A conversation with a self-described queer, multiracial, mentally ill sexual-assault survivor
As she describes herself, Avegail Muñoz is facing a stacked deck.
The Columbia University student is a “queer, multiracial woman of color” as well as a “low-income, first-generation student.”
She suffers from “multiple mental illnesses” and is a “survival of sexual assault.”
And she’s mad that people are telling her to stop being so politically correct, as Muñoz wrote in an op-ed for the Columbia Daily Spectator last month.
Muñoz made several troubling allegations about how Columbia treats students like her, so I reached out to her on Facebook for more details about her experiences. In the end, she provided only three examples of attacks on students like herself: vandalism of a pro-transgender bulletin board, too many white professors and the stress of college.
Set off by a popular New York Post article
While admitting that she is “privileged” to be attending a school of Columbia’s caliber, Muñoz wrote that the university is not the bastion of “inclusivity” that it claims to be.
Students with “marginalized identities” are constantly told by the larger culture that they are “nitpicking” and being “too politically correct” when they complain about the microaggressions directed at them, she wrote, citing a microaggression-mocking column in The Guardian.
Muñoz’s riposte is that not everyone sees PC culture as superfluous when students like herself still have to deal with “hate crimes” and “hateful biases” in the Columbia community.
Though she frames her op-ed as a response to the Guardian column, Muñoz told me it was actually a New York Post column by a fellow Columbia student in November that set her off.
Alexandra Villarreal wrote that Ivy League students are obsessed with “identity politics,” citing a fellow student who complained she had to study “oppressive texts with a white professor.” Such students denigrate her own Mexican heritage “because of the gradation of my skin,” Villarreal claimed.
“I came across this piece on Facebook because a lot of my friends were sharing it on their timelines in support of it,” Muñoz told me. “I had somewhat felt the attitude towards me every so often, but this piece, and the overwhelming number of friends I had supporting it, really confirmed my suspicions.”
White males make you look at issues as ‘us vs. them’
Muñoz wrote in the Spectator that she was bothered that there is “not a single professor that looks like me,” but that would be a challenge: She’s a mix of Filipino, Portuguese, Chinese and Cuban.
She’s not bothered by the lack of ideological diversity at Columbia, just race. “I am in my second semester of my freshman year and I have not yet had any professor of color–except for when I took Intro to African American Studies,” Muñoz told me.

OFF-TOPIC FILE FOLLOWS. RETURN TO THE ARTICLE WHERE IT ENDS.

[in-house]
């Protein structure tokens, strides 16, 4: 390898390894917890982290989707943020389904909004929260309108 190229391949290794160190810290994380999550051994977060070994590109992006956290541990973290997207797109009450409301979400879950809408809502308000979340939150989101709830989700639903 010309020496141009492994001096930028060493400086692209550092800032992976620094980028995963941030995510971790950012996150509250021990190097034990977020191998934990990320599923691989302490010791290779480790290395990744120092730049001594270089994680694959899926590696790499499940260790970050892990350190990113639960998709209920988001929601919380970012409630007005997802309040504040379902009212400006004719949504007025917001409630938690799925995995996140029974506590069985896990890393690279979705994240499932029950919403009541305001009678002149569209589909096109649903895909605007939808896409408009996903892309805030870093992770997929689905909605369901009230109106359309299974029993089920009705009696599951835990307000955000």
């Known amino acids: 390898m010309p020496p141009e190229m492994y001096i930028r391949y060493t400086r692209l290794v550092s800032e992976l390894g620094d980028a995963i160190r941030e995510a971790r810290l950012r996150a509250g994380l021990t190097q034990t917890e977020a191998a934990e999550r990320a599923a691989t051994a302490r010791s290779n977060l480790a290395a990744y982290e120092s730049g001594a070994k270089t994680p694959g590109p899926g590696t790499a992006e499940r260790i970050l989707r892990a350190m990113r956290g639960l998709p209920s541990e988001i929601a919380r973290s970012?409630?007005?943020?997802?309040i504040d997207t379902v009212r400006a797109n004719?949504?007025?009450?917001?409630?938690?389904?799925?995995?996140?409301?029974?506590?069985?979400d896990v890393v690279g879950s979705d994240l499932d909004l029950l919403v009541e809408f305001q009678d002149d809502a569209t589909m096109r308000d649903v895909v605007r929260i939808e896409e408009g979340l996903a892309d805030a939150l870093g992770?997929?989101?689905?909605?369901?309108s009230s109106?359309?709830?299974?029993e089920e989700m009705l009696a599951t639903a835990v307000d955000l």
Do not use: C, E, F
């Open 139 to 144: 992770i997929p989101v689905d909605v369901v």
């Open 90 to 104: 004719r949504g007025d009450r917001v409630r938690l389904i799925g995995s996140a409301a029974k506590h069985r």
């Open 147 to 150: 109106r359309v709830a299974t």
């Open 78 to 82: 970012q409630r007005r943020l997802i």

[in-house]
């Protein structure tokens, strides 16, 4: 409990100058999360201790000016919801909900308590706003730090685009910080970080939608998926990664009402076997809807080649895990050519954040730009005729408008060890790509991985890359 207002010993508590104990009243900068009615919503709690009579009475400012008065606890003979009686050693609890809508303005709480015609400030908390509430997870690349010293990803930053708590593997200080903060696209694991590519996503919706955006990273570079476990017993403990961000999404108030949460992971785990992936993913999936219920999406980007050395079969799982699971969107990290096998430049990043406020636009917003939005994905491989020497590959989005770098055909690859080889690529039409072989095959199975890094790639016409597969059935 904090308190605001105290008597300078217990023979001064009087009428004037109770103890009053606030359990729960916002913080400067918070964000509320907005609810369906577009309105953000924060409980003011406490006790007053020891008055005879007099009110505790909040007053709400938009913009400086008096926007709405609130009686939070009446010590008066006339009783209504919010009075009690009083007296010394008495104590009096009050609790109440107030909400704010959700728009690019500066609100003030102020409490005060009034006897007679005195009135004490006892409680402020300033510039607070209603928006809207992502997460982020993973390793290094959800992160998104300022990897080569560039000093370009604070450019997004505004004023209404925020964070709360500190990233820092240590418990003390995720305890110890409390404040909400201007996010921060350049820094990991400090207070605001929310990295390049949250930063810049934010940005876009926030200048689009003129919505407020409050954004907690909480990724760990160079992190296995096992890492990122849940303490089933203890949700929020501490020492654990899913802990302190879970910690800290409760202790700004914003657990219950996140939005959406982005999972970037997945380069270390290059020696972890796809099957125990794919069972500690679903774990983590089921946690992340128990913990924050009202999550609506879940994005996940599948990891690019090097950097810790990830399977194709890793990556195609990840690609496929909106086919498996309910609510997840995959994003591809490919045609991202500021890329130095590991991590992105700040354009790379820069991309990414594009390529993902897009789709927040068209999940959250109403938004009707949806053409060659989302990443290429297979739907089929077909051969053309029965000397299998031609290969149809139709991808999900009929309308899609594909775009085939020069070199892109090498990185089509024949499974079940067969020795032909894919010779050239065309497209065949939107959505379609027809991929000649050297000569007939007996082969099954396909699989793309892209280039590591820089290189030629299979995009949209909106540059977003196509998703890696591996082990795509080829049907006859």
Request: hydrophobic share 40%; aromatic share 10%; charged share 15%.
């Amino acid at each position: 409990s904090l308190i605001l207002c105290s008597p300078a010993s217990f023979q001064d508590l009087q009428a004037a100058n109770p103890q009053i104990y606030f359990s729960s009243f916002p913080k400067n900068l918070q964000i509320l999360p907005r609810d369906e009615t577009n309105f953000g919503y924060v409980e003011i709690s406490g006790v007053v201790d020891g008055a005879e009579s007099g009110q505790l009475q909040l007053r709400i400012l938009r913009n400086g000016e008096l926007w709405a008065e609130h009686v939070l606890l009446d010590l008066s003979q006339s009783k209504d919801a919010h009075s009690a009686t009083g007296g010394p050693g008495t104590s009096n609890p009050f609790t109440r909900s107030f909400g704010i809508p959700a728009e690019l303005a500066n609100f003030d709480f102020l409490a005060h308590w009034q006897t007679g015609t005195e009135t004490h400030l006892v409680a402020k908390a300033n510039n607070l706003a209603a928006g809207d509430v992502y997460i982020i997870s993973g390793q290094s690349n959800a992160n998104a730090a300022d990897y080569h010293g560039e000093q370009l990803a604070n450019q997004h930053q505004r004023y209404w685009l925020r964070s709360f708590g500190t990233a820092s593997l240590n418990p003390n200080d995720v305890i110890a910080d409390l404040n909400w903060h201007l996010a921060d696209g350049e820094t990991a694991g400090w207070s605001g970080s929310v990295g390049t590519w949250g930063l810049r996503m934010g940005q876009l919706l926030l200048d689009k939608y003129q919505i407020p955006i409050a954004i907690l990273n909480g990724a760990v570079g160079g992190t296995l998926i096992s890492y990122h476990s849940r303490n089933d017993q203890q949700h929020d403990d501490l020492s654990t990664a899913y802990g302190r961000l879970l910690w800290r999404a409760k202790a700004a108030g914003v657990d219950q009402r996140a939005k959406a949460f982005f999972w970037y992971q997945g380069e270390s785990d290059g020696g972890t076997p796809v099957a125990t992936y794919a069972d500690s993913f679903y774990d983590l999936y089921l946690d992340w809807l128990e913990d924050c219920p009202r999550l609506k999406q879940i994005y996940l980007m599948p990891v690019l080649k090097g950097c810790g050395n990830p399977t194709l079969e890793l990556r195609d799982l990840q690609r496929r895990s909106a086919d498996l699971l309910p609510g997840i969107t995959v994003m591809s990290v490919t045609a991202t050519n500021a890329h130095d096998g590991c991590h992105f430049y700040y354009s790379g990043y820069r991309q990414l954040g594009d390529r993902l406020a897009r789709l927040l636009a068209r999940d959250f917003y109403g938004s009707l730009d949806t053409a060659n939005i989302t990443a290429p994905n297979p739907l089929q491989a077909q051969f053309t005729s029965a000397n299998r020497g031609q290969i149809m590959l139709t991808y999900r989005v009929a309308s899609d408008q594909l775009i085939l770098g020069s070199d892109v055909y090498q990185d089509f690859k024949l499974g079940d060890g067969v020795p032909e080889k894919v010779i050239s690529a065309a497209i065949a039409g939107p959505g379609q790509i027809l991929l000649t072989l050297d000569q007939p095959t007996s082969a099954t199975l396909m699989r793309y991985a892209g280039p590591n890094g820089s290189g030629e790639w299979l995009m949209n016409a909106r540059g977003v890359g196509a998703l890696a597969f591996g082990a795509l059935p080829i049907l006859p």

Asked to explain her Spectator claim that her voice had been “muffled” when she speaks out, Muñoz said her professors are usually white and male, thereby forcing her to look at the situation as “us vs. them.” Nobody has literally silenced her or limited her speech, Muñoz clarified.
“There have been multiple incidents in which several microaggressions have been made, by both professors and students, and they were not addressed, often at the discomfort of myself and other students,” Muñoz said, but she didn’t provide any specific examples nor gave any instances of bias on campus except for the signature incidents she mentioned in her op-ed about “hate crimes directed toward the transgender community.”
The Spectator reported that a dorm bulletin board “to promote Trans Awareness Month” was vandalized a handful of times last fall, though no one claimed responsibility. The final act was a piece of paper taped on the board that read “I RESPECTFULLY QUESTION THE VALIDITY OF TRANSGENDER IDENTITY!”
Muñoz told me that Columbia seemed to downplay the incidents as “not worth any fuss.” She said Columbia’s handling of any similar incidents in the future should be “a lot more comprehensive.”
The dorm instituted “mandatory floor meetings” to discuss the incidents and replaced all bulletin board messages with pro-LGBT or trans-specific messages, while two school offices promoted LGBTQ resources in several days of tabling, the Spectator said.
Political correctness – through dialogue or coercion?
Asked about her “several mental illnesses,” Muñoz told me she suffers from depression and “still continue[s] to suffer with awful anxiety that is usually incited in social and/or stressful situations.”
Muñoz declined to elaborate on her past with sexual assault, simply telling me she knows “all too well” the dangers that “especially women” at Columbia face. “We feel as if we have no one to turn to when it comes to discussing sexual violence perpetuated upon us, because we ultimately get the blame.”
She believes that by reaching out and having conversations about the importance of political correctness, she can change people’s minds about why it’s necessary.
It all comes down to people “sharing their personal experiences,” Muñoz said.
I hope that Muñoz turns out to be right – that political correctness is fundamentally a dialogue, rather than a movement that uses implied force and coercion as its implementation mechanisms.
IMAGE: Dean Drobot/Shutterstock, Avegail Muñoz/Facebook